Red Cape… I Wish!

Let’s face it; I love physical ability, physique, and a healthy lifestyle. I love to workout, lift weights, run the canal, hike the mountains, kayak, play sports, snowboard, and compete. I love to push my heart rate and to sweat profusely. Yep, I am crazy to some people.

Sunday, I walked into the gym. I typically do hot yoga at 10 AM, however Saturday I got a wildhair and decided to go and get my old cultish cross tattoo covered up. Needless to say, after a solid 3-hours on a table with a needle branding my body and enhancing my soul, lying in corpse pose was not an option. Therefore, yoga was out and legs were in. So there I was with my SoMo blaring in my headphones and my heart pumping while doing box jumps, weighted lunges, step ups, and deadlifts; set after set. I went to go and put the barbell up and a gentleman says “Wow, you are breathing super heavy.” I actually didn’t hear him at first, so I took my headphones off to ask what he said. He then says “All you need is a red cape, because you are a real life example of Wonder Woman.” I chuckled and said “I wish, but honey, I am just a real life example of someone who tries hard, but thank you for that sweet comment. You are welcome to work in anytime.” He laughed and said “No way, I think I would pass out. I have seen how you train people.”

People believe that getting up and fighting through it every day comes easy for me. They look at me and often think I am living with no pain. “What?! You have RA?” Most people think my splints are the result of me crashing on my bike or some athletic accident. Lately, when people ask how I broke my wrist, I say “I didn’t break my wrist, I have Rheumatoid Arthritis and basically these splints are the result of the disease.” I get the odd look of puzzlement or the classic response “oh, that sucks.” Yes, it does suck, but it’s what life dealt me and what I have to work with.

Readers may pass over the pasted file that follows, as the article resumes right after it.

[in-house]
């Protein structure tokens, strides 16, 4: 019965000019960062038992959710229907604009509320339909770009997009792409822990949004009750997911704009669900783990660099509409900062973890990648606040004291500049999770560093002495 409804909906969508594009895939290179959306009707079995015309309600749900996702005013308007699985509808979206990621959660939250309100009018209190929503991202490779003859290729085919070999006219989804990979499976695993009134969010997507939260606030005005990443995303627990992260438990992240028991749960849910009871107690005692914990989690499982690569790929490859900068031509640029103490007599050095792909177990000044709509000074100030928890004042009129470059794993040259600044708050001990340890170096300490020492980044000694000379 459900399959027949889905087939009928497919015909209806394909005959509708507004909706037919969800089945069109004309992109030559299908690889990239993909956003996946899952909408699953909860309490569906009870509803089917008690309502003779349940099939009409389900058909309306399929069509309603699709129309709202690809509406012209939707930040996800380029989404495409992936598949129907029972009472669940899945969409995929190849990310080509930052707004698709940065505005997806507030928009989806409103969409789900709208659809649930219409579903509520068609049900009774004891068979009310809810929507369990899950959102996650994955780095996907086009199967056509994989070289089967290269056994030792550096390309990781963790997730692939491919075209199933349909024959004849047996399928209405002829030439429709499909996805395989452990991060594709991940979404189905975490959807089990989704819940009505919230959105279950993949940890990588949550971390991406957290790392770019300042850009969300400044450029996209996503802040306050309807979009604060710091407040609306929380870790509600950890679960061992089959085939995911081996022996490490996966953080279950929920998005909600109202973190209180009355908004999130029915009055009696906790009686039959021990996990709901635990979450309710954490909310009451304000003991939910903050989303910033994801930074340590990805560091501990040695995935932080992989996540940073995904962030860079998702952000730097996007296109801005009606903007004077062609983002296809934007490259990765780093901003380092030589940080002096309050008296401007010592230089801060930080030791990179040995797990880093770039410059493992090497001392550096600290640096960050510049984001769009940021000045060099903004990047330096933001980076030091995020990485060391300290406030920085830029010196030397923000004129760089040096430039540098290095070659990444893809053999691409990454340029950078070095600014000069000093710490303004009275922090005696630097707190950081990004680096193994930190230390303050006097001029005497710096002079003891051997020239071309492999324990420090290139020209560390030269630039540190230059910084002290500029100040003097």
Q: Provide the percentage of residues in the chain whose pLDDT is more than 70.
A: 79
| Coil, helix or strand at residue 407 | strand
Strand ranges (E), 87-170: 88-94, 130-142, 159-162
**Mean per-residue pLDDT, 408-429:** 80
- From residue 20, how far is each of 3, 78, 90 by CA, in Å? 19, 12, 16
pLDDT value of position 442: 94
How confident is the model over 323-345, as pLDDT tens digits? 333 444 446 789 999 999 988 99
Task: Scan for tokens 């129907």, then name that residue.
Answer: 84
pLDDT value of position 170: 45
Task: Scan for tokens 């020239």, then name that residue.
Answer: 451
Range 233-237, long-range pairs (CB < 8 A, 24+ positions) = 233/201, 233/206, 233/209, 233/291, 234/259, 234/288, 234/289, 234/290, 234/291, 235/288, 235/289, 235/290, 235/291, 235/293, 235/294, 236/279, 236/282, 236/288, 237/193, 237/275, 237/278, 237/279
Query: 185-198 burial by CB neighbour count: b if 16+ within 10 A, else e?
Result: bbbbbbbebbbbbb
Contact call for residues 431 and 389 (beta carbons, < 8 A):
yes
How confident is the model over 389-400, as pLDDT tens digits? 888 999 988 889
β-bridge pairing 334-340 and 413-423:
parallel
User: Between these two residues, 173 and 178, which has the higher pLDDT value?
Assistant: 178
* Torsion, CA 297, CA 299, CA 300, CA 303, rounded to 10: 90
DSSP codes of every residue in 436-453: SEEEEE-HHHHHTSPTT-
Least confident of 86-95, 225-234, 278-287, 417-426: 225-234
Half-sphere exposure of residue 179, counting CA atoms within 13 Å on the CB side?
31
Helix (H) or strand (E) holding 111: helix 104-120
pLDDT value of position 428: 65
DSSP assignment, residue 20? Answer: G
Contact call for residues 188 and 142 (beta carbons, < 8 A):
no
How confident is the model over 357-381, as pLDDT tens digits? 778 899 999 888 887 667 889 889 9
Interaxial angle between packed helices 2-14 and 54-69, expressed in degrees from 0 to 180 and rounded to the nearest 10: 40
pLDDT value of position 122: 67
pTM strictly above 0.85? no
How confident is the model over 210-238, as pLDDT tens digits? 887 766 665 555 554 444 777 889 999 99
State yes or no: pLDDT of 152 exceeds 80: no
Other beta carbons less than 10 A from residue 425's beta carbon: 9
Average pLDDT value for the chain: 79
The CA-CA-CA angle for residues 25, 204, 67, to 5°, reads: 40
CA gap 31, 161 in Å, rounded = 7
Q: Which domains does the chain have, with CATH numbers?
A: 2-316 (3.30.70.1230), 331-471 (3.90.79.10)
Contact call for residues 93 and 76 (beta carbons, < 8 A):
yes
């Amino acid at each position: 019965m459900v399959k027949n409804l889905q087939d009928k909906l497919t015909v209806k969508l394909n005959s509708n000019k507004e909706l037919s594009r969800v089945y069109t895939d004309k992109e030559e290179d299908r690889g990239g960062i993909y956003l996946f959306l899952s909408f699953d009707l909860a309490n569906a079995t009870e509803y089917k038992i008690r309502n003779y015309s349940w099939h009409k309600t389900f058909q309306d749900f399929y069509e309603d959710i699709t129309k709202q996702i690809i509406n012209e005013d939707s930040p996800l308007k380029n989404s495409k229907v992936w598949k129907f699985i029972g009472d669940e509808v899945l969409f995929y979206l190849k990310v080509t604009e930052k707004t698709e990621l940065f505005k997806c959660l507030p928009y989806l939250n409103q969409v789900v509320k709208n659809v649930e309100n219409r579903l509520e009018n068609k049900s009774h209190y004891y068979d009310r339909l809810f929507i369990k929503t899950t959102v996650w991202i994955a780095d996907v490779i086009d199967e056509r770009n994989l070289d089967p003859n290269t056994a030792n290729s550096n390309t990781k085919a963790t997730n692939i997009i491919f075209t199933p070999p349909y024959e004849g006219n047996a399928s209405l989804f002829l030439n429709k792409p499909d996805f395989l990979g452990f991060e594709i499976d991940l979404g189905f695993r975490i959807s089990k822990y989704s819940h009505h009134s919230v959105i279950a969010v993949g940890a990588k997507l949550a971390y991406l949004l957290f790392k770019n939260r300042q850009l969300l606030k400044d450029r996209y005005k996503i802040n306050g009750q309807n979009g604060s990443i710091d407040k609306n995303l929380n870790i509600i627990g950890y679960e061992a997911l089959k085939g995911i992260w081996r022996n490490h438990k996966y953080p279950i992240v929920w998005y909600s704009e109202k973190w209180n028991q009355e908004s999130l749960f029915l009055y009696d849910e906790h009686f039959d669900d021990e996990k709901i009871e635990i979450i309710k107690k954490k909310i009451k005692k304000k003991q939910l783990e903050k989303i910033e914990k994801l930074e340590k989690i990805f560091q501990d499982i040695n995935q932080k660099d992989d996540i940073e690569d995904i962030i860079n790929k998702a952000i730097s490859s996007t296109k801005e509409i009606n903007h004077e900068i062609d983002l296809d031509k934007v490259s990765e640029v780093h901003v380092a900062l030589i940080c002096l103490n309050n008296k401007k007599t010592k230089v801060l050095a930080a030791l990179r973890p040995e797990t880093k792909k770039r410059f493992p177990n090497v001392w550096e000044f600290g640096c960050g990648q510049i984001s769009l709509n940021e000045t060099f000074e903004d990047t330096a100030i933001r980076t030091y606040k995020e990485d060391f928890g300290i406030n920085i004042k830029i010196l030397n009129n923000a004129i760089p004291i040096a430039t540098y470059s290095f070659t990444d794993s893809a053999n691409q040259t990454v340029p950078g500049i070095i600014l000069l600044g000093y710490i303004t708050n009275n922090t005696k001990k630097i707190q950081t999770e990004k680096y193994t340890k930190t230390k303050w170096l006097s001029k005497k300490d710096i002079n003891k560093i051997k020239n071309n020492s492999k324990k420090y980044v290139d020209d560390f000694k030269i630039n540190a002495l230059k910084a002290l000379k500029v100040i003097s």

The hardest part about this disease is it temporarily stops me in my tracks. It can disable me without much warning. On the days when the pain is intense, like today, all I want to do is lie down and go back to sleep. For a few minutes I think to myself “If I just sleep today then maybe tomorrow it won’t be there.” I wish I could say that was the answer, but it’s not. It’s absolutely not. After many years of living with this disease, I have found out through trial and error what works. For me, moving is the answer. The worst thing a person can do who lives with RA is stay in bed. Not moving is what the disease wants you to do. It wants you to get depressed and lay there in misery because then it can run through the maze of joints and find its hiding place. That is how it gets you, wins you, and takes over who you are. Tonight, I put my workout clothes on and made it to the gym. It wasn’t high intensity, but it was a quality one muscle group workout with the intent to get it done. The result: I feel so much better!

I have a powerful mindset that continues to work through the pain every day. I don’t know where it comes from, I just know that my desire is to be as active as I can be. I know I will never be the same as the athlete back in the day, but I can be the best athletic me that I believe is possible today. We all can! I don’t know what it’s like to wake up and not feel pain for even five seconds. It’s always with me because that is what chronic pain represents: endlessness.

Although a red cape isn’t part of my wardrobe and I don’t have any special powers like Wonder Woman, perhaps I will just continue to try to be “super and a wonder” in my own right. I will always be a woman who lives with RA, but I will strive to not let it define my life. I will continue to get up each day and reach for the goals that I dream about at night. May I continue to encourage others who know what endless pain feels like, whether physical or emotional, know that you can do anything you set your mind to do with a cape or not.

Make it Count by putting on your very own cape and fly towards making your life pain free.

Ashley Stevenson